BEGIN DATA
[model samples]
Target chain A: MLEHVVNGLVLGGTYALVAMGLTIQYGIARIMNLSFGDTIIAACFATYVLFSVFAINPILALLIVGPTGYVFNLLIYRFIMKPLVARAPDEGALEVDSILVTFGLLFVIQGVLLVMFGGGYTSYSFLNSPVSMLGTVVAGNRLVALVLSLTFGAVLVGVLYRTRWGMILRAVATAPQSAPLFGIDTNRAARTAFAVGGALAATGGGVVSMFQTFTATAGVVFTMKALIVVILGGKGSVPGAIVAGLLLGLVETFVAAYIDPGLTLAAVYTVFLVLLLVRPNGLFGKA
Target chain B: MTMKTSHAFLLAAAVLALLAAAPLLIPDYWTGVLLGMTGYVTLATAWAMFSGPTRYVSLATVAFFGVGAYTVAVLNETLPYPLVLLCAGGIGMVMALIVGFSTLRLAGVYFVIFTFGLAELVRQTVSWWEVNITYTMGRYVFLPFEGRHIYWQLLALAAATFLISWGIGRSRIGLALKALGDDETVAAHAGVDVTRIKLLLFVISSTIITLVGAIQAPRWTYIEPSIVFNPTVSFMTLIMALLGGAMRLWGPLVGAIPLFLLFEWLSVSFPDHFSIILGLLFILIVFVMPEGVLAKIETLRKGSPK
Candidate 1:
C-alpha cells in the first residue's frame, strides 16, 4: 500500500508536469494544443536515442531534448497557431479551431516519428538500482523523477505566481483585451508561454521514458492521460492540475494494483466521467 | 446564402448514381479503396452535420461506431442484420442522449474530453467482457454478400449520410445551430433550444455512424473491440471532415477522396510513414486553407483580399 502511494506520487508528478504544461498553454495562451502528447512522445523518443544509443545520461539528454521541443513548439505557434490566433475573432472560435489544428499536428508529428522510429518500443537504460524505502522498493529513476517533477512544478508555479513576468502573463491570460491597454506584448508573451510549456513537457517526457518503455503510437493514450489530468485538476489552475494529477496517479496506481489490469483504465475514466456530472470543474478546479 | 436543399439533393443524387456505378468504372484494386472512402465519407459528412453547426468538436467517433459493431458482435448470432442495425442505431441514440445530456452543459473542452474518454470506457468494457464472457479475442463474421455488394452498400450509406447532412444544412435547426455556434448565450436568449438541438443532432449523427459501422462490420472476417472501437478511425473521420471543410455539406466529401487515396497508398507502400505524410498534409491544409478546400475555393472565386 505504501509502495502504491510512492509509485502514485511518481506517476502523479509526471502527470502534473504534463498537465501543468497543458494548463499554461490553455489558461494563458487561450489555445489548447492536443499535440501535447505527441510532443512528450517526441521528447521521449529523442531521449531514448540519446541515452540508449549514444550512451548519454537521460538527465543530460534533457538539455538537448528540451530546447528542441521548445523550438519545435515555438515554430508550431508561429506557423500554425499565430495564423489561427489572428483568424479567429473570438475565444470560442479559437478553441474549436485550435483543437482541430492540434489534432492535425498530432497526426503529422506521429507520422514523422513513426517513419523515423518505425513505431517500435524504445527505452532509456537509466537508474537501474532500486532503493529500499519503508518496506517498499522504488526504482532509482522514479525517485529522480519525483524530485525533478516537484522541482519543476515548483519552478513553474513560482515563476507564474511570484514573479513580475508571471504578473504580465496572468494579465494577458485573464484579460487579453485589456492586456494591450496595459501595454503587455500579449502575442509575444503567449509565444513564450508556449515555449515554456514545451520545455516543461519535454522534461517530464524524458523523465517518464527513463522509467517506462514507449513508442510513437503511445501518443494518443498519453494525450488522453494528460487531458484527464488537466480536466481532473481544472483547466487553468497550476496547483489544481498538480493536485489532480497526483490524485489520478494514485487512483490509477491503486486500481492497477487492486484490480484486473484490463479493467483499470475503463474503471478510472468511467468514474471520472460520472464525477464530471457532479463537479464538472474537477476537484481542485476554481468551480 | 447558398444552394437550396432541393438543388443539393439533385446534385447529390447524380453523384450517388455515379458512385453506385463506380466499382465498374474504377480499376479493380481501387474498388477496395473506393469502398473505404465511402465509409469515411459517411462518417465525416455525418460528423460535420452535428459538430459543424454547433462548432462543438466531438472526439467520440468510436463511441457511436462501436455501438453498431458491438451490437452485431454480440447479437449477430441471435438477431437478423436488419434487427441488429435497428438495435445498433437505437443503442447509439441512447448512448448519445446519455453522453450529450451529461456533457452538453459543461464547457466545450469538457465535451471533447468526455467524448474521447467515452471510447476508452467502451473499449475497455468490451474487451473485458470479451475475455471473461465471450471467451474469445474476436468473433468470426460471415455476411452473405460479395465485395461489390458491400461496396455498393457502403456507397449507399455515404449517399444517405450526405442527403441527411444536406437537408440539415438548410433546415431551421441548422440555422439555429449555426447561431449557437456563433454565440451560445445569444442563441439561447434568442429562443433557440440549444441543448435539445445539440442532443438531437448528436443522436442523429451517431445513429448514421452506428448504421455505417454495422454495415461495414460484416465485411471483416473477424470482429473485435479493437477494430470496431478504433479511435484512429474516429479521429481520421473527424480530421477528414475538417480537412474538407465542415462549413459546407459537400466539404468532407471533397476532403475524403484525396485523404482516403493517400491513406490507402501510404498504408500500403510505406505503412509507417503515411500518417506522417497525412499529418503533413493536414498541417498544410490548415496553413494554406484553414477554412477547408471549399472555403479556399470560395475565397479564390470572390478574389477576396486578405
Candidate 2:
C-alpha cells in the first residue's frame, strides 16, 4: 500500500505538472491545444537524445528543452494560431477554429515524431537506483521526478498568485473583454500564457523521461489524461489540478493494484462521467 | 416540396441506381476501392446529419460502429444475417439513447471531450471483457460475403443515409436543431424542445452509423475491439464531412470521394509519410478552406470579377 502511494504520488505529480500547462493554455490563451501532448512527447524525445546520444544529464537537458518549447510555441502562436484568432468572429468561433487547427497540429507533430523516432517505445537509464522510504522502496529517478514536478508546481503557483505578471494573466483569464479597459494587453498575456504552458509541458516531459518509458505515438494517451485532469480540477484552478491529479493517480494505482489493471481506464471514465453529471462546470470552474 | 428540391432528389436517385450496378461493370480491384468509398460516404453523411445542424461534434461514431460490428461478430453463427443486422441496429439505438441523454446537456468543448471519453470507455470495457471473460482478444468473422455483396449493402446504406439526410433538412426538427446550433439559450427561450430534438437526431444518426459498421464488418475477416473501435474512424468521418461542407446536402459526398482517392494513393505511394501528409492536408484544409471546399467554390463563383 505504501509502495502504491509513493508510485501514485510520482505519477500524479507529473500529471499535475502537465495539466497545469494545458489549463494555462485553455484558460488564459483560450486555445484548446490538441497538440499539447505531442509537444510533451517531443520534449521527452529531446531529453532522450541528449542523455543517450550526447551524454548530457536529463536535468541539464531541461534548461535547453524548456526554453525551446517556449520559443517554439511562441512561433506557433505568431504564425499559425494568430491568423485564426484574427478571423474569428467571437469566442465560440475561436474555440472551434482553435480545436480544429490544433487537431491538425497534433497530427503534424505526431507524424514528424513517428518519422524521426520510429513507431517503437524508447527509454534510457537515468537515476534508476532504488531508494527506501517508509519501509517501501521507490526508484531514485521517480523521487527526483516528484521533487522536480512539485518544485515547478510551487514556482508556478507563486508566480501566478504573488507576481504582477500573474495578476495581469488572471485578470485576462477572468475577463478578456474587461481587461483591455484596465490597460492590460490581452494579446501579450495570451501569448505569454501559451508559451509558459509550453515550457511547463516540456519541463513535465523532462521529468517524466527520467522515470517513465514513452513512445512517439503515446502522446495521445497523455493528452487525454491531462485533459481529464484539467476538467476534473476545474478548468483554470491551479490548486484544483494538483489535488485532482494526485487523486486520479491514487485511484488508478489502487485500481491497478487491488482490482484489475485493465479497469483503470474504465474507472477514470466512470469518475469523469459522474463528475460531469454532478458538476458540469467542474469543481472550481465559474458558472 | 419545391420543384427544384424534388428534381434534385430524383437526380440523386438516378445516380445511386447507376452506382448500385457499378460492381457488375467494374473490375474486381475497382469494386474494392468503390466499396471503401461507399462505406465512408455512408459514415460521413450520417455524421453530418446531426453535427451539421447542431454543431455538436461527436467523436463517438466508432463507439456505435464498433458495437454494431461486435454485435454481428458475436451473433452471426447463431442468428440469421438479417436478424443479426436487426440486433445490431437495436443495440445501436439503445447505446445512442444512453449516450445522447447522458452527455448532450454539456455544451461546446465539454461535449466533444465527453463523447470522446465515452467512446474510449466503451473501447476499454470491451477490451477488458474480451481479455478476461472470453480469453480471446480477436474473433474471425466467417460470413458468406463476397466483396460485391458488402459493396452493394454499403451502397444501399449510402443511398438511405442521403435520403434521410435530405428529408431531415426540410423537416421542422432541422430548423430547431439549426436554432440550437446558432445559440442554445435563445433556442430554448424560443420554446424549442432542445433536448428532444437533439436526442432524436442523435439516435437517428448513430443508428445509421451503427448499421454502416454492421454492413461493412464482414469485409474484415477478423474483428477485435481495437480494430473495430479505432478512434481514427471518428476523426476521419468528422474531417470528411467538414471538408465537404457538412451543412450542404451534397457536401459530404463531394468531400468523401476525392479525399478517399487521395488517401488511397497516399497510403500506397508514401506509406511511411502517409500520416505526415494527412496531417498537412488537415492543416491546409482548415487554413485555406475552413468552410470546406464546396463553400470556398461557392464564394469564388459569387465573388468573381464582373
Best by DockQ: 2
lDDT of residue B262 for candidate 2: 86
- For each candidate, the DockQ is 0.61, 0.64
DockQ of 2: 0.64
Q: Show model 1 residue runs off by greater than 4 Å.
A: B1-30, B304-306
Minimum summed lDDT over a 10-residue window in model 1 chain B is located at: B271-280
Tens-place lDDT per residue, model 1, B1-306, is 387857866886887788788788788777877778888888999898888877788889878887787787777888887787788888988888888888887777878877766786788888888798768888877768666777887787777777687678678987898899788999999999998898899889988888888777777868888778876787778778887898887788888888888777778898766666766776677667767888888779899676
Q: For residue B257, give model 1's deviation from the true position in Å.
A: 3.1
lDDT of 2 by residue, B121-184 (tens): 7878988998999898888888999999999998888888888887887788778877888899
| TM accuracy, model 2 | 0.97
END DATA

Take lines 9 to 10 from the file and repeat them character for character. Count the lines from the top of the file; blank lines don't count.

lDDT of residue B262 for candidate 2: 86
- For each candidate, the DockQ is 0.61, 0.64